Are you in? Great! Let’s do this!

Let’s start with the resolutions we can keep.

1. Move more, sit less – This one is easy. Working at a desk? Get up and move around for 1 to 5 minutes each hour. Just stand up and walk in place while working for a few minutes a day. Park the car further from the door to the office or workplace. Same goes for the supermarket, mall or anywhere else. The only caveat for the parking rule? Only if it’s safe.

2. Take the stairs (or walk up the escalator) – Any time you can, use the stairs. I’ve written about studies that described the stair walking effect on health. (Read it here.) Not ready for 5, 10 or more flights? Take the stairs to the 2nd or 3rd floor, then hop the elevator.

3. Find exercise or physical activity that you enjoy – You don’t need an internet-connected bike that costs 3 mortgage payments to enjoy working out. Did you love riding your bike as a kid? I bet you’ll love it now, too! Like to swim? Do it!

Maybe you love Zumba. Maybe it’s Crossfit. Try some things. Be willing to be honest about how each makes you feel and be willing to walk away from something you don’t enjoy without feeling like you failed. You didn’t. You simply eliminated something that’s not right for you right now.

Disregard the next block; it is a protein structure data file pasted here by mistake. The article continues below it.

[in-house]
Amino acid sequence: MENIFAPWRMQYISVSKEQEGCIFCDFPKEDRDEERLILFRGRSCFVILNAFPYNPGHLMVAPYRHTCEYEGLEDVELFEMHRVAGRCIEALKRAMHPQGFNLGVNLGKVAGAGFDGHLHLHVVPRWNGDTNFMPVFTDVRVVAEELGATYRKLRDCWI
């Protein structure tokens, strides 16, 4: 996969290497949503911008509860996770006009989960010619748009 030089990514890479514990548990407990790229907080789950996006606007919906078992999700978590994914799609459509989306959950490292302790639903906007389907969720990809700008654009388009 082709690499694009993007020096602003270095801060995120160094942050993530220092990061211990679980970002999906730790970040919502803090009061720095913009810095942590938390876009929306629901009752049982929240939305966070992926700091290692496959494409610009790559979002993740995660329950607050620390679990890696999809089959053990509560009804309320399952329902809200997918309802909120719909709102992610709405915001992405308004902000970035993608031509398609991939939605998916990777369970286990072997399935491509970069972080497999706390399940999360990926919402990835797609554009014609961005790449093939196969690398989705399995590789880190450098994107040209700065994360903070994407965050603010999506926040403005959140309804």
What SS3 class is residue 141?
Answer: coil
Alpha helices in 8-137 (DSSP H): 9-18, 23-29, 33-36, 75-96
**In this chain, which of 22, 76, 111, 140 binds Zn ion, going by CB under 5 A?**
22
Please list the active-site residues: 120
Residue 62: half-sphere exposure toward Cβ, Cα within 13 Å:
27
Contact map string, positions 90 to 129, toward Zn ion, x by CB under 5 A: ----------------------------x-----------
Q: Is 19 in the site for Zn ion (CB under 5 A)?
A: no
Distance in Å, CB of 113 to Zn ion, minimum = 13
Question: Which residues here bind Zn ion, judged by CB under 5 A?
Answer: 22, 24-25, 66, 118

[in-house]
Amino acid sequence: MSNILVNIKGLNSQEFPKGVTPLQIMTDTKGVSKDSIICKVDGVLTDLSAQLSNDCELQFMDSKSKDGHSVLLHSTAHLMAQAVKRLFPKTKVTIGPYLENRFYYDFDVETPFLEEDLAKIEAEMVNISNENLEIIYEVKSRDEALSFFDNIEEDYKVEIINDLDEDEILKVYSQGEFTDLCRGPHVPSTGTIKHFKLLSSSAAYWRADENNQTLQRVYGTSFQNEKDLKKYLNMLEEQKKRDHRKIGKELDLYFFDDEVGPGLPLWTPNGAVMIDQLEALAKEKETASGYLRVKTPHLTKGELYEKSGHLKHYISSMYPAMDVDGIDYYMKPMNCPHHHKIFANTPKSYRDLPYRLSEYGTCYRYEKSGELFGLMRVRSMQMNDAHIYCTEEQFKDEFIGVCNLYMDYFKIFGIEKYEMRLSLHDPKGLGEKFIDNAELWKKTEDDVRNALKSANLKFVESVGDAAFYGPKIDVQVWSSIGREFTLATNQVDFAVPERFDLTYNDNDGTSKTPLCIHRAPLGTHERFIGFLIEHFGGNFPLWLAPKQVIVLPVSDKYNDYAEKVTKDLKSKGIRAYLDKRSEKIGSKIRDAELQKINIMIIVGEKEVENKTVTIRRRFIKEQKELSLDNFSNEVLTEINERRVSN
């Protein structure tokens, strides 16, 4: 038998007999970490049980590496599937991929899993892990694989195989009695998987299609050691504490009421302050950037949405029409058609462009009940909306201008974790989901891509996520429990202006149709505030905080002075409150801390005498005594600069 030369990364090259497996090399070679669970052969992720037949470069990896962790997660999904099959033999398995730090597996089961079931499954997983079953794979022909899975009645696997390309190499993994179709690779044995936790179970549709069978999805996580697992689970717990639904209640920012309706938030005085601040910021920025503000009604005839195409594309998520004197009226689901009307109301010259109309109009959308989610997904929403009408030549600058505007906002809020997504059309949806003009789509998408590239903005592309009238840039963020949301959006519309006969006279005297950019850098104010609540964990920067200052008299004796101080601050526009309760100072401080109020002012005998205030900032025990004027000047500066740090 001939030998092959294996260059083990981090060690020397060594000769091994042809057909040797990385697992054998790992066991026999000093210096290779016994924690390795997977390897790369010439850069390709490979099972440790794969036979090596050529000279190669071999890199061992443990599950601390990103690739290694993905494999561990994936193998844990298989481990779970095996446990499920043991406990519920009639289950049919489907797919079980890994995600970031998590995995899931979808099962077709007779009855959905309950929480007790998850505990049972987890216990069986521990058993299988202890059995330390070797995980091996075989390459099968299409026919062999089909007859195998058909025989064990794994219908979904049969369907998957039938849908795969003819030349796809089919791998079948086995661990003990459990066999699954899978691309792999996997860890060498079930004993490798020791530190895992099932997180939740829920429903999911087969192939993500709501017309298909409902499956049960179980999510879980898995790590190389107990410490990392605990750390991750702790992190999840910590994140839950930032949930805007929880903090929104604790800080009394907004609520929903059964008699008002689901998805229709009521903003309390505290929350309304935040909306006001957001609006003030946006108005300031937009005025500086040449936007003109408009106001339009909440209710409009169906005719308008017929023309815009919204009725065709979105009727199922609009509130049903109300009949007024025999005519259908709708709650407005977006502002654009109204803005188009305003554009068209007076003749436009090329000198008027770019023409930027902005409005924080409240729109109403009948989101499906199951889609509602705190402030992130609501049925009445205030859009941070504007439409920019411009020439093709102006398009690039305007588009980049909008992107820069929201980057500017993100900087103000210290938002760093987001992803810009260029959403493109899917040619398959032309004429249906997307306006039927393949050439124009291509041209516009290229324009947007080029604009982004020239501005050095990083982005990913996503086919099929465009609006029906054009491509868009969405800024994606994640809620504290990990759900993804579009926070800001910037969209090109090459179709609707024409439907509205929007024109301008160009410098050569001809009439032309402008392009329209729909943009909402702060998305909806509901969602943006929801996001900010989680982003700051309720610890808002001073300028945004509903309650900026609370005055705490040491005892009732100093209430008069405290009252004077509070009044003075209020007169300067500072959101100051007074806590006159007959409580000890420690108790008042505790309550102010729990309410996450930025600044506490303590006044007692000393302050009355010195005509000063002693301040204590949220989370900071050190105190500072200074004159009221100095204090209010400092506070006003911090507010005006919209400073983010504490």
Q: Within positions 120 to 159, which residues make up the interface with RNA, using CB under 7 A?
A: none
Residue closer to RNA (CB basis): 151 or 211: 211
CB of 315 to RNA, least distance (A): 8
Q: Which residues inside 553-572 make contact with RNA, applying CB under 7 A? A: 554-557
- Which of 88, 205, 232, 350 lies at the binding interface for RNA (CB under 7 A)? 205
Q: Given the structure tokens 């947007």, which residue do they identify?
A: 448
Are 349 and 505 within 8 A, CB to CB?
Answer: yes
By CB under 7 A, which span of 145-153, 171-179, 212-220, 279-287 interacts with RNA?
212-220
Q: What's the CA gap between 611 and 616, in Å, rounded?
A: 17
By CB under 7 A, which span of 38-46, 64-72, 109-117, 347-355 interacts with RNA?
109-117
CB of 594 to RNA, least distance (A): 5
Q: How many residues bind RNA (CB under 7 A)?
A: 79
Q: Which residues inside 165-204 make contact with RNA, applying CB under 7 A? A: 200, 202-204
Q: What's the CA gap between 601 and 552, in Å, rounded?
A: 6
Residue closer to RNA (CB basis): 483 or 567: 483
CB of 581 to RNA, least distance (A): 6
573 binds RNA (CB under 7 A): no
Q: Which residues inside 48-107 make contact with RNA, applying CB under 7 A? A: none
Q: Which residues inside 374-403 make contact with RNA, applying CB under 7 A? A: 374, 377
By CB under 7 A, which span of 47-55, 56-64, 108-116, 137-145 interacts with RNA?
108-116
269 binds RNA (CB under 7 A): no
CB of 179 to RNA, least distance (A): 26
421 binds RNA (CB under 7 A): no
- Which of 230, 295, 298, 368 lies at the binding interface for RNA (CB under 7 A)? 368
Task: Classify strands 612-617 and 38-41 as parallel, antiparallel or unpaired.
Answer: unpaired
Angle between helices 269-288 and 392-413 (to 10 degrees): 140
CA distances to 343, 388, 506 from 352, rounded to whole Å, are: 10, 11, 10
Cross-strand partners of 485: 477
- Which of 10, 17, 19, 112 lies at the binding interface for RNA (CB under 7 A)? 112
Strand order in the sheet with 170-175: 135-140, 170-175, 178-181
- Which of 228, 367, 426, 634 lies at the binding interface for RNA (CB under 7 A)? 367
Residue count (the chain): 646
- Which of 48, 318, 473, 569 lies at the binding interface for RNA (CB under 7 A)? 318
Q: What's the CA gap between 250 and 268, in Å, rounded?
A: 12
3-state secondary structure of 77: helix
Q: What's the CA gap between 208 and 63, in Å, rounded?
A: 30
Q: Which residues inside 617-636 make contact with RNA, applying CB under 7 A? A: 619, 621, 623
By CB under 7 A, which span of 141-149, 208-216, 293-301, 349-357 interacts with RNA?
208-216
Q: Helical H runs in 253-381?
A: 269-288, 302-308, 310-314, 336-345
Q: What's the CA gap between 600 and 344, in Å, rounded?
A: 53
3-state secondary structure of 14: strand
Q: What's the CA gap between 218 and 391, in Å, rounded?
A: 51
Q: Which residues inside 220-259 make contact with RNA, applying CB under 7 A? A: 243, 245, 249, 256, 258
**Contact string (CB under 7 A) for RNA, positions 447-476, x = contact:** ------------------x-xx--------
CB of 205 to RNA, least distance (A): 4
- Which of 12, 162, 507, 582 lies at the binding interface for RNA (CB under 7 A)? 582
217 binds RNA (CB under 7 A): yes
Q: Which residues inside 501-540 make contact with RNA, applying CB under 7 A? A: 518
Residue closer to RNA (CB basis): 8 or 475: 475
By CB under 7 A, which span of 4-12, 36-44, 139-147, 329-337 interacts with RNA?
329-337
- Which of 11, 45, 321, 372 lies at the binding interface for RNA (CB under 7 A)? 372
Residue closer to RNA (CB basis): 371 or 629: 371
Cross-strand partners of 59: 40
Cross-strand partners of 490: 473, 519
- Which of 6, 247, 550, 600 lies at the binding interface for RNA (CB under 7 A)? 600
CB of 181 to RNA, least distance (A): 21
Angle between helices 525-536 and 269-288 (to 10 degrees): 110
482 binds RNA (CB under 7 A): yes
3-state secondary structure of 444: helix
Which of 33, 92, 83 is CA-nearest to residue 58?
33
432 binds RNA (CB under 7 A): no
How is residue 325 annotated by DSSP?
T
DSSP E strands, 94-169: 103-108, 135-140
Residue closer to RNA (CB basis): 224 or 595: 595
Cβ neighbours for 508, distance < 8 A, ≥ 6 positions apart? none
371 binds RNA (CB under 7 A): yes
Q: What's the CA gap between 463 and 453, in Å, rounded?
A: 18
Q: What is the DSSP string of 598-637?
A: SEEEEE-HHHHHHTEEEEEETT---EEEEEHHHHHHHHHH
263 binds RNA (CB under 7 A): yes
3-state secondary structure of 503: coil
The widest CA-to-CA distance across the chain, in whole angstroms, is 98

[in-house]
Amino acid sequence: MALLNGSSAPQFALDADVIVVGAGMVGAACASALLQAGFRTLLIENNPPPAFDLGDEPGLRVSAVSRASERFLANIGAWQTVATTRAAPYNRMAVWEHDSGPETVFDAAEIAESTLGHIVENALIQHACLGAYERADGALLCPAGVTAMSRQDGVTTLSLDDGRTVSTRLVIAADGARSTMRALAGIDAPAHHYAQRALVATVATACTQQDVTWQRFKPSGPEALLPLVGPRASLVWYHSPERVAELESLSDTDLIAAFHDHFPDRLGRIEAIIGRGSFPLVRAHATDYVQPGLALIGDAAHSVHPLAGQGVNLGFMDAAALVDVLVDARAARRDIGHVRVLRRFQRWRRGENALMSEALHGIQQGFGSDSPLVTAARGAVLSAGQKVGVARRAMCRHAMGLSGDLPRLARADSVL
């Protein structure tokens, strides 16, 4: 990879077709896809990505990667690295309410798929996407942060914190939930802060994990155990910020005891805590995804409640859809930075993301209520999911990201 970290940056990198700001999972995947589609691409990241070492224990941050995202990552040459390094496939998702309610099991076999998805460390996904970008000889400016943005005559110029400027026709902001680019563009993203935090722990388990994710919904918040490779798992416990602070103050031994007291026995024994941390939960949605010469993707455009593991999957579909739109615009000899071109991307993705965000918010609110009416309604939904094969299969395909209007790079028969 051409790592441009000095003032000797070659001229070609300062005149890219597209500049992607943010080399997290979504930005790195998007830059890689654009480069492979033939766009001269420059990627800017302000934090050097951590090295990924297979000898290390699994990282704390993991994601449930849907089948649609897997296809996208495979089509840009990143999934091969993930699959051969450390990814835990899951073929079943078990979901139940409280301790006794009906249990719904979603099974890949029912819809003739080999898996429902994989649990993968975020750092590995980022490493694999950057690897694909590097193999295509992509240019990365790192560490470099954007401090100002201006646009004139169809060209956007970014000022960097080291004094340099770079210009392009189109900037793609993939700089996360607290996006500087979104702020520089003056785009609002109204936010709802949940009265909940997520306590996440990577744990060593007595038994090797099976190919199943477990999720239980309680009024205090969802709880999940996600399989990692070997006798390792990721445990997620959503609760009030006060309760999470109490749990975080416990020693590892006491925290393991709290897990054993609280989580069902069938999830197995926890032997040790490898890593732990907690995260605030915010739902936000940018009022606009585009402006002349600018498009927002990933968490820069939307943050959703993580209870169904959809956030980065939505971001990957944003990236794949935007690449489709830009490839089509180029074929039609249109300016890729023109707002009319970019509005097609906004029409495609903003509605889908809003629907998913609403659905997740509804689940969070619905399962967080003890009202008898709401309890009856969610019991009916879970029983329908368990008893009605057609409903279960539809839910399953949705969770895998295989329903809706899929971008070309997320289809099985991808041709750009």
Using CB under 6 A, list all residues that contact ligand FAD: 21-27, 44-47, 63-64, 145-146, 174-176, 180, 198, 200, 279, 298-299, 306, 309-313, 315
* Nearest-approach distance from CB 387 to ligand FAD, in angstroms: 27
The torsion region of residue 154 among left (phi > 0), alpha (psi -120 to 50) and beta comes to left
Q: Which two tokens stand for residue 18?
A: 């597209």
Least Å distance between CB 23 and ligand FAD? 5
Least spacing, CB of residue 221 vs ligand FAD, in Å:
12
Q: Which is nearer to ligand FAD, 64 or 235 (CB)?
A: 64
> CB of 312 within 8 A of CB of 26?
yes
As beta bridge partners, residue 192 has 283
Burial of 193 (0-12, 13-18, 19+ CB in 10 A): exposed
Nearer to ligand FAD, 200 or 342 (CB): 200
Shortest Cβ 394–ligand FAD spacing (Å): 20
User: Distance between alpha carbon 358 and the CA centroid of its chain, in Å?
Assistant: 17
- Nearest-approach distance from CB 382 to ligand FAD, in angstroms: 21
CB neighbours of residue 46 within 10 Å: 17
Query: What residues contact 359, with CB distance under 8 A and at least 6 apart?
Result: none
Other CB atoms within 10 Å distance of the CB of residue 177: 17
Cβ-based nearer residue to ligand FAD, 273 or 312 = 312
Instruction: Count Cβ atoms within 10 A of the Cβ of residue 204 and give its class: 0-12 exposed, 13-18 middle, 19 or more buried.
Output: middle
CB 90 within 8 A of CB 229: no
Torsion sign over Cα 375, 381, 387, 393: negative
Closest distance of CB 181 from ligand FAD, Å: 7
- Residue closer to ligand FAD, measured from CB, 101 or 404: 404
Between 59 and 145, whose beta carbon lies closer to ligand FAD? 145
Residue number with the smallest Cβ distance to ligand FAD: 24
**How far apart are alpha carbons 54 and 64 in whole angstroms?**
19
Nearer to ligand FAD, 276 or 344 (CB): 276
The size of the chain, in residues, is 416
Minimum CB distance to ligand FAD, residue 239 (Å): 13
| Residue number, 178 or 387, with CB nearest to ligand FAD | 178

Walk, jog, lift, dance, swim, ride, whatever. Maybe do them all. When you find what you like, put it on the schedule and do it!

4. STOP DIETING! – Dieting SUCKS! Nobody likes to diet. Nobody! And before you say it, yes, those “nutritional cleanse” programs are D-I-E-T-S! They require you to reduce your calories to levels that make the residents of Auschwitz feel like gluttons.

You DO need to be in a state of caloric deficit in order to lose weight, if that’s something you want. But restrictive dieting is problematic in a number of ways. Chronic dieting is damaging to both physical and mental health. It can make future weight loss much harder as well, since it can alter hormonal responses in the body and brain.

The real insult? The majority of people who lose weight on restrictive diets regain up to 67% of the weight they lost within 1 year! (2, 3, 4, 5)

So what’s the real resolution that you can keep around diet and weight loss? Resolve to make positive changes to activity levels and to eat healthier foods. (More on that next.)

5. Eat real foods, eat whole foods – Dump the processed foods and go more natural. You don’t have to go organic, unless that’s important to you. However, you can certainly eat natural foods in their most natural form wherever and whenever possible.

For more than 20 years, I’ve offered my youth athletes two simple rules to guide them to eating more whole and real foods:

  1. If it doesn’t come in the package God put it in, try to avoid it. In other words, if it was processed, it’s less likely to be natural.
  2. If there’s a cartoon character on the label, put it back on the shelf. This one should be self-explanatory. Only garbage food needs a leperchaun or talking tiger to sell it.